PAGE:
We are sure everyone can agree on one thing- all the fear and worrying about labor and delivery will seem like a distant memory. After you have been through labor and delivery, you may even say, hey that was not so bad (reasons why women have multiple children!). After all, you went into the hospital with nothing, and left with an incredible gift- your brand new baby. That makes it all worth it, doesn't it?

4 Pain Medication Won't Work

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During labor sometimes all you want is drugs, and more drugs just to make that god awful pain go away!! Well, a big fear among pregnant women, especially those that have a low pain threshold, is that the pain medication will not work properly. Or worse, wear off leaving you in immense pain that you were not prepared to handle.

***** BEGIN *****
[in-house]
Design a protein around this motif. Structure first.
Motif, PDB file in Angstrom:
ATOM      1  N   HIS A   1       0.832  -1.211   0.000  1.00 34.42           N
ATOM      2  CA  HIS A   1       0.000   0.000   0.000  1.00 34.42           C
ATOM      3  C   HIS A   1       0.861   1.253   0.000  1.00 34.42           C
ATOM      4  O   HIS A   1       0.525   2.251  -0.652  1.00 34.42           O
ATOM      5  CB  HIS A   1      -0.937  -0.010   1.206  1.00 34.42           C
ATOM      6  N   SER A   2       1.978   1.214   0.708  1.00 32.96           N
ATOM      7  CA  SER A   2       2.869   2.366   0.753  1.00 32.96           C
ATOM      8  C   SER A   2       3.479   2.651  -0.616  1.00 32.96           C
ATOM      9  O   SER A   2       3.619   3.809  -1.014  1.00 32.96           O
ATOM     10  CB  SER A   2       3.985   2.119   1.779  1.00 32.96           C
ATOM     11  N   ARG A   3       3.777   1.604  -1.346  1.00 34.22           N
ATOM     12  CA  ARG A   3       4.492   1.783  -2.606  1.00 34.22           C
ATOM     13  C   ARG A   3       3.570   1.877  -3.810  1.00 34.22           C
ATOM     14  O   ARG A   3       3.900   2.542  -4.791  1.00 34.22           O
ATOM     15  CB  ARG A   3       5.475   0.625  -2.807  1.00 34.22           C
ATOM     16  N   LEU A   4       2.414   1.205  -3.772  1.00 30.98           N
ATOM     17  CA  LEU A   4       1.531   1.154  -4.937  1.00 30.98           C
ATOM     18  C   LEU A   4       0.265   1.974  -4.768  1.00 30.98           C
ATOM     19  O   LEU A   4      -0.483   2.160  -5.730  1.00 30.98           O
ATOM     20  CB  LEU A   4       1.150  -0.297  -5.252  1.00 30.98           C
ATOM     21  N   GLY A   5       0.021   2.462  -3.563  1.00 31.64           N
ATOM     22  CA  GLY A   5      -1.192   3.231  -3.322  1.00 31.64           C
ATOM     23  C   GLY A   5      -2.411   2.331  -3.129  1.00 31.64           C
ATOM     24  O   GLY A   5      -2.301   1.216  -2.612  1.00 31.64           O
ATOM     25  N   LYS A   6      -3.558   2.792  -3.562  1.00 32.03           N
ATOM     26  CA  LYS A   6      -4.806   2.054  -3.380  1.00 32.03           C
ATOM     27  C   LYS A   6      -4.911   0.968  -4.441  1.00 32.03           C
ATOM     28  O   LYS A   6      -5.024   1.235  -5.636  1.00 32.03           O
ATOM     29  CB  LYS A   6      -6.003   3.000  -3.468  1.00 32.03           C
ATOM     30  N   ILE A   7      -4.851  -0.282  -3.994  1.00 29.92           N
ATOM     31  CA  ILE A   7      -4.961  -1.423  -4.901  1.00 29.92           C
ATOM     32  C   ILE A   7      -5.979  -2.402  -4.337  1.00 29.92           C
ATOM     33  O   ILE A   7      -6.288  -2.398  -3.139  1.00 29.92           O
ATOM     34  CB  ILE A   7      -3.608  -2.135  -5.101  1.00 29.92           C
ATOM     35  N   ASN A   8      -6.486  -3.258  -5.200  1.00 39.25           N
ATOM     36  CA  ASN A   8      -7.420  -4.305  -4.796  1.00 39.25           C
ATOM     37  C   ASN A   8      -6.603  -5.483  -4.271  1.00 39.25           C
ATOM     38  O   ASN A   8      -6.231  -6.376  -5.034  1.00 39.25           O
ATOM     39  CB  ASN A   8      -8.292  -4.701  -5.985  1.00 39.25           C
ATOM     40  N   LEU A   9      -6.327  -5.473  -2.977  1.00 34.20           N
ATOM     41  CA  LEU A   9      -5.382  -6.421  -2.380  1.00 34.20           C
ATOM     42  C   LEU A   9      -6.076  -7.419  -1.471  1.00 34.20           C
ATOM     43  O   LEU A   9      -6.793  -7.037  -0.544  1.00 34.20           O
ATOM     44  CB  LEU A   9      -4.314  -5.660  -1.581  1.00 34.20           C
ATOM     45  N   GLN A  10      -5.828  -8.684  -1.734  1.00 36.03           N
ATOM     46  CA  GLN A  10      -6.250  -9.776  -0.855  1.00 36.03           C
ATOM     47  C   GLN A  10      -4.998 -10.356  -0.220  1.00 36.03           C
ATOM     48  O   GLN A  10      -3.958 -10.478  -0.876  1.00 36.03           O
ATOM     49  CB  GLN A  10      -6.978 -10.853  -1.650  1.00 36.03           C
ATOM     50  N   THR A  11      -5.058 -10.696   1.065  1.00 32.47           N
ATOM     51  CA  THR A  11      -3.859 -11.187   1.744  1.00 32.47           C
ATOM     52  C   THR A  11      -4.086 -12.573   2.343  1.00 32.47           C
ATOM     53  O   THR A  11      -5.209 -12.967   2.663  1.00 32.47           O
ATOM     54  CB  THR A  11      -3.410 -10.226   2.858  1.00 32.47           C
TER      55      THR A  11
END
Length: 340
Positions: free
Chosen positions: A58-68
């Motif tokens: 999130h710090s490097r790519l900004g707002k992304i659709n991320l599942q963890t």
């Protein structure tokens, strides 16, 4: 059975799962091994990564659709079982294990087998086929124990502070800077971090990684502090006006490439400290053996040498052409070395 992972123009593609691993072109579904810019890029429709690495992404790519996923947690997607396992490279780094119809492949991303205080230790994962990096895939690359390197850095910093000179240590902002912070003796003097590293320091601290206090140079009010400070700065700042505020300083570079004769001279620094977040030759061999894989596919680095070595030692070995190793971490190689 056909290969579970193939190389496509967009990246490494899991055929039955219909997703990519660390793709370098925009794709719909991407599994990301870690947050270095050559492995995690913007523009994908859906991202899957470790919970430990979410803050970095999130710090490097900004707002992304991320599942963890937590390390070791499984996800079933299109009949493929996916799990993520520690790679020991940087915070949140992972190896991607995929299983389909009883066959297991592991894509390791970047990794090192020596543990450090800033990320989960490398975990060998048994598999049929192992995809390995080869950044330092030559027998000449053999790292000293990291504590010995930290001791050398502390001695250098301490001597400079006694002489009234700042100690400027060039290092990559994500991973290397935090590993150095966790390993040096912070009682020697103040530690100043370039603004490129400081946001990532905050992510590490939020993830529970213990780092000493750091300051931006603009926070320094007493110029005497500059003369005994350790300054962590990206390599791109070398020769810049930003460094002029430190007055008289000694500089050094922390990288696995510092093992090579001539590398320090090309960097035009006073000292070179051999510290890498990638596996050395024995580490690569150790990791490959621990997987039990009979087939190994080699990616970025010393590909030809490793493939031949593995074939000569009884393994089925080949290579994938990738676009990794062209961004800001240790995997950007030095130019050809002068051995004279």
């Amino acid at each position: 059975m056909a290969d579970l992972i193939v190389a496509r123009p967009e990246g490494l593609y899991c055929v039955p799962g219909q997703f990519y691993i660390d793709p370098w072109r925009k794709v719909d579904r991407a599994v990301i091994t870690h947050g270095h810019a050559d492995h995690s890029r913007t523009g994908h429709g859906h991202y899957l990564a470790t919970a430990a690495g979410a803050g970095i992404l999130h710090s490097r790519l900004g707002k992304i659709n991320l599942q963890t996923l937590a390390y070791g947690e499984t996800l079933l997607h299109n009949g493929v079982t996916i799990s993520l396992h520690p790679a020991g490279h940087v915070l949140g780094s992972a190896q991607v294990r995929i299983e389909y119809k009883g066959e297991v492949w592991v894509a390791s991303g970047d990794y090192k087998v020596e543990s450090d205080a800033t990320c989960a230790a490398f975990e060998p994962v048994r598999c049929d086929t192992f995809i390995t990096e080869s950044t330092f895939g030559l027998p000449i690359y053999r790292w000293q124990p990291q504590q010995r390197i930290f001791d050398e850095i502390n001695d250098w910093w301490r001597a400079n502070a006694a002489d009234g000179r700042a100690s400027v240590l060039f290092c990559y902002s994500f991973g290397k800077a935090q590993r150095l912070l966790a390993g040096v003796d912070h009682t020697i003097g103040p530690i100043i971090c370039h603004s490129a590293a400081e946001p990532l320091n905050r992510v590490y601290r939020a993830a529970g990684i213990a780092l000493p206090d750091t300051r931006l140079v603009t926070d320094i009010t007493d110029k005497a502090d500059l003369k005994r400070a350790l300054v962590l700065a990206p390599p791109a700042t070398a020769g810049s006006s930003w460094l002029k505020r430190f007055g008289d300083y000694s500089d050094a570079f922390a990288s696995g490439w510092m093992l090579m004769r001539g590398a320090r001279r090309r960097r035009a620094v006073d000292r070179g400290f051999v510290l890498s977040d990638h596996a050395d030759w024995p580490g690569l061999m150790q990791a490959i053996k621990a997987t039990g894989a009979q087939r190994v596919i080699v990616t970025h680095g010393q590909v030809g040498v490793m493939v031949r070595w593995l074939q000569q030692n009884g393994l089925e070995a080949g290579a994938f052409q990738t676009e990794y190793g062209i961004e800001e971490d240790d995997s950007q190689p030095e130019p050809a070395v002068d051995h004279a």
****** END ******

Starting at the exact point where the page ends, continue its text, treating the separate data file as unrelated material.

Yes, contractions hurt. And unfortunately, yes, sometimes the pain medication does not work as effectively as we hoped it would when it comes to combating those incredibly, uncomfortable, difficult to deal with, get this baby out of me, contractions! Also, the medications, such as the epidural, do affect women differently.

If you know this going into the game, you will feel more prepared. Remember, the pain ceases once that baby arrives- so keep your eye on the prize!

3 Labor Lasting Forever

We have all heard our mothers or grandmothers tell us the stories of how they were in labor for 96 hours with no pain medication. Hearing long labor tales can spark fear into even the most confident mom to be, as she begins to worry about labor lasting way too long. It is also the unknown, there is no way to determine how long your labor will last, and that can make anyone feel a little scared.

These days it is rare to have days and days of active labor. Typically your medical team will intervene and you may end up having a c-section. However, oftentimes with the first baby, labor may enter the double digits if you calculate very start to finish. Contractions can begin slowly and progress just as slowly.